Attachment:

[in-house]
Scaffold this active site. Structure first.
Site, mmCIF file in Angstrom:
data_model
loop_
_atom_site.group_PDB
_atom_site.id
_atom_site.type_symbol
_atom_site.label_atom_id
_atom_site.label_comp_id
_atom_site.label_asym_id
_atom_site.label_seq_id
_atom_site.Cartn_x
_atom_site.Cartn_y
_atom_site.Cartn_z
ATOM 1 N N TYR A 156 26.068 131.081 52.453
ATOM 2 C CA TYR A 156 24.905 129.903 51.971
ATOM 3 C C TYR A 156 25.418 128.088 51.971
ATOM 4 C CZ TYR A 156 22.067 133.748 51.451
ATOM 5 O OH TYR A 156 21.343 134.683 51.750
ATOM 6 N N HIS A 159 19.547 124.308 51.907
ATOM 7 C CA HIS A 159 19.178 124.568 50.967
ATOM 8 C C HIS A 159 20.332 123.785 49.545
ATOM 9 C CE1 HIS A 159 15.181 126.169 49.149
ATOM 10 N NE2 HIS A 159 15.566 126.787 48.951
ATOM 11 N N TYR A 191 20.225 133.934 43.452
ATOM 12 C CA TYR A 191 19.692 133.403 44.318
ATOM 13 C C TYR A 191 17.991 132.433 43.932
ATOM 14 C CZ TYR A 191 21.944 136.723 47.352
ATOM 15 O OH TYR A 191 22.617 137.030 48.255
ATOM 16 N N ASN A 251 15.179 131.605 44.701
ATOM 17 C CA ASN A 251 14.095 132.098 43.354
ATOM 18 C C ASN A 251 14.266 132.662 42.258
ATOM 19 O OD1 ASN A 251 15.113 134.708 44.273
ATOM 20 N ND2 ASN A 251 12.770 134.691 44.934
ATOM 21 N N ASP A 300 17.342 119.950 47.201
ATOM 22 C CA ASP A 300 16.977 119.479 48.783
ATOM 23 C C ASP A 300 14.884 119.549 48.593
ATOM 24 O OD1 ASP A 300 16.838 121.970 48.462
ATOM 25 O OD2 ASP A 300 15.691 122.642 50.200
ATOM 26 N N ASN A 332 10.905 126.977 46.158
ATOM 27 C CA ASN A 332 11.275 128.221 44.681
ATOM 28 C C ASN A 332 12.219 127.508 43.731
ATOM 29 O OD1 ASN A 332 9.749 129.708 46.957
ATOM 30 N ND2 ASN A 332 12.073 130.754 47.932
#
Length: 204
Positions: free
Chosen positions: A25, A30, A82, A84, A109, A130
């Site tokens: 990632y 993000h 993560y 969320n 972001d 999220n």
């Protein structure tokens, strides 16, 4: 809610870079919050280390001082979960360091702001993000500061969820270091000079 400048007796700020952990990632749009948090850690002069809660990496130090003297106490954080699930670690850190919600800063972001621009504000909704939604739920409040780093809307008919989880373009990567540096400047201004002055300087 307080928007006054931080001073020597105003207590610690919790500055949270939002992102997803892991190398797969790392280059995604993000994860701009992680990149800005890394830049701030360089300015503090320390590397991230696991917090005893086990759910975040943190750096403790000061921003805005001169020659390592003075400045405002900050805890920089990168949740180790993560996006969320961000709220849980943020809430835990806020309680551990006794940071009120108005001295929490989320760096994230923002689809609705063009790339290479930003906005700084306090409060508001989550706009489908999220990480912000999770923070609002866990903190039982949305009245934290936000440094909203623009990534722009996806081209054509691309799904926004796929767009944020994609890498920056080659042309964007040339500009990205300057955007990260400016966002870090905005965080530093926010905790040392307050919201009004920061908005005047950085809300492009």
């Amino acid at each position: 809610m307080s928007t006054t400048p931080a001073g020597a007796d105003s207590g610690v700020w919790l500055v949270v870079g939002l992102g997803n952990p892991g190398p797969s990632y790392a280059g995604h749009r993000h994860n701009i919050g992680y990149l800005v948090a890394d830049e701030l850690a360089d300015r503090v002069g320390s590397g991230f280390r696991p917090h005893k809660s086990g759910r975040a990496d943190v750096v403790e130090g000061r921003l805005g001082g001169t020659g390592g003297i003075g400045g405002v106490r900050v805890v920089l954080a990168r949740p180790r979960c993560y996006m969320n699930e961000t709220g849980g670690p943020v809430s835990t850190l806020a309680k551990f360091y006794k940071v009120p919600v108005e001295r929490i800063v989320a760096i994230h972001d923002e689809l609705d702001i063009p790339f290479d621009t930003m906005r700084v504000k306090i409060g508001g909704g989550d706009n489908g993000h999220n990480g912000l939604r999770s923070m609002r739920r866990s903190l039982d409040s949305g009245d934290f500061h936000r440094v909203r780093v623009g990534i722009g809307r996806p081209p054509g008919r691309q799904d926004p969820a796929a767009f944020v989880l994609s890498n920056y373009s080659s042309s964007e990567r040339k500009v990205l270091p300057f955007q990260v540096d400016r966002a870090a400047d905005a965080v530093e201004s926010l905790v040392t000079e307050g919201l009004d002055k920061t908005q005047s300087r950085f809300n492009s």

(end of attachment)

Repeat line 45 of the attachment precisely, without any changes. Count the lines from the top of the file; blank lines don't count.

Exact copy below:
ATOM 30 N ND2 ASN A 332 12.073 130.754 47.932